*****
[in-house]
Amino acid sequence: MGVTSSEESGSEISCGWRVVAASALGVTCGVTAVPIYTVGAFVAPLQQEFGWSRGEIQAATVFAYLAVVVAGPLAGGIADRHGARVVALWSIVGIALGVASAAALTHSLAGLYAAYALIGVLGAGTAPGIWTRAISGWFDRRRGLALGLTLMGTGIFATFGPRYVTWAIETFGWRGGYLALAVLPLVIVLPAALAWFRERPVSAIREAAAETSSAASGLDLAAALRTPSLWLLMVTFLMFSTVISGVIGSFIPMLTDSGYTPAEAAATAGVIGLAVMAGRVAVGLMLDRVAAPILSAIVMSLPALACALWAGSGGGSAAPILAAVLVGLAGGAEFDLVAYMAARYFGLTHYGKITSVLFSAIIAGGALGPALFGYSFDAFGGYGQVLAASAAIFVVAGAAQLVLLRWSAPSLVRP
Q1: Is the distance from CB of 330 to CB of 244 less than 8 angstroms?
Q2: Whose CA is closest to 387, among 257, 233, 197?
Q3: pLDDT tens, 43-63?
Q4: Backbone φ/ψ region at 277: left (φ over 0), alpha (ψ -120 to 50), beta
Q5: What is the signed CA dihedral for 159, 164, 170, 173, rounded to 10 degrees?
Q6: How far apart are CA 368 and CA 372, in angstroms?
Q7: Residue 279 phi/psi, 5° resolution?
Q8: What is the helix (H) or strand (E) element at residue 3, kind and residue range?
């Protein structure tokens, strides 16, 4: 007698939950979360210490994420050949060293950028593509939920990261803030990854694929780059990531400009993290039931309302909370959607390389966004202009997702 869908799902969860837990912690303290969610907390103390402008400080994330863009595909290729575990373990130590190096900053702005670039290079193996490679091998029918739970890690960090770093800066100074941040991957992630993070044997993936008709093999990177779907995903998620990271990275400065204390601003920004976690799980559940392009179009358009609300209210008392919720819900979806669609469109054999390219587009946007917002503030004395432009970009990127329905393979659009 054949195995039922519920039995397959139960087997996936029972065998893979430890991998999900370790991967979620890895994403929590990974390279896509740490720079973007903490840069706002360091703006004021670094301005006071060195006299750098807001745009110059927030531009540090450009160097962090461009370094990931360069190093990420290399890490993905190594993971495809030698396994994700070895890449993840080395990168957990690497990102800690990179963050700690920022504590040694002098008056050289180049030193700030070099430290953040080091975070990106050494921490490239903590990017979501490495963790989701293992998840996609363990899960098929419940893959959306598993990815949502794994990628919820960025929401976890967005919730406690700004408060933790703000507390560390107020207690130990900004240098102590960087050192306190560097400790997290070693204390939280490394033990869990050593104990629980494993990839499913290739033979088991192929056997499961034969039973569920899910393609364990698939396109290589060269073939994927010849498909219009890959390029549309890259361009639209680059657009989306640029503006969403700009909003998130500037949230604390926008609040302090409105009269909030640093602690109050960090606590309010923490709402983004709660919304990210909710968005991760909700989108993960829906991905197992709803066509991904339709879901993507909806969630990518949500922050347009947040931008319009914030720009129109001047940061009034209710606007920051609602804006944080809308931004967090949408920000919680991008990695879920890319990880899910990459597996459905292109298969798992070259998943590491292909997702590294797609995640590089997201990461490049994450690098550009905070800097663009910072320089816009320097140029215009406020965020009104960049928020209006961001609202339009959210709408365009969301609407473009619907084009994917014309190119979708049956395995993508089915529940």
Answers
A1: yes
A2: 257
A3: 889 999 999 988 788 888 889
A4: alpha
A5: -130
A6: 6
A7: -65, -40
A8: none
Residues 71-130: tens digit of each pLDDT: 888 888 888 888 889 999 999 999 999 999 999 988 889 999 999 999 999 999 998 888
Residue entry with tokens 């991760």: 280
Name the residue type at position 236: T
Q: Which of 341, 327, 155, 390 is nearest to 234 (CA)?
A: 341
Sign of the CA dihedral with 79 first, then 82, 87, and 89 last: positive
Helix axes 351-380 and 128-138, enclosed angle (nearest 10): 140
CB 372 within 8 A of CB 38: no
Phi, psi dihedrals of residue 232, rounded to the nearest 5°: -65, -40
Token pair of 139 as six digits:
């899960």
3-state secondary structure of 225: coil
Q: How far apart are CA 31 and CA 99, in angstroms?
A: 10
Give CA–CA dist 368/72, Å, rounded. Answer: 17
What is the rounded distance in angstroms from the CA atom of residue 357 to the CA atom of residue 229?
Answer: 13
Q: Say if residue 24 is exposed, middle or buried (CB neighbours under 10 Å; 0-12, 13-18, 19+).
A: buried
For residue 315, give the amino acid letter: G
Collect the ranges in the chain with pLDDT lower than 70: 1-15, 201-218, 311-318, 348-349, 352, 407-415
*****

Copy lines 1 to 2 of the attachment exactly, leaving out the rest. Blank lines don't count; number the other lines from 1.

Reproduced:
[in-house]
Amino acid sequence: MGVTSSEESGSEISCGWRVVAASALGVTCGVTAVPIYTVGAFVAPLQQEFGWSRGEIQAATVFAYLAVVVAGPLAGGIADRHGARVVALWSIVGIALGVASAAALTHSLAGLYAAYALIGVLGAGTAPGIWTRAISGWFDRRRGLALGLTLMGTGIFATFGPRYVTWAIETFGWRGGYLALAVLPLVIVLPAALAWFRERPVSAIREAAAETSSAASGLDLAAALRTPSLWLLMVTFLMFSTVISGVIGSFIPMLTDSGYTPAEAAATAGVIGLAVMAGRVAVGLMLDRVAAPILSAIVMSLPALACALWAGSGGGSAAPILAAVLVGLAGGAEFDLVAYMAARYFGLTHYGKITSVLFSAIIAGGALGPALFGYSFDAFGGYGQVLAASAAIFVVAGAAQLVLLRWSAPSLVRP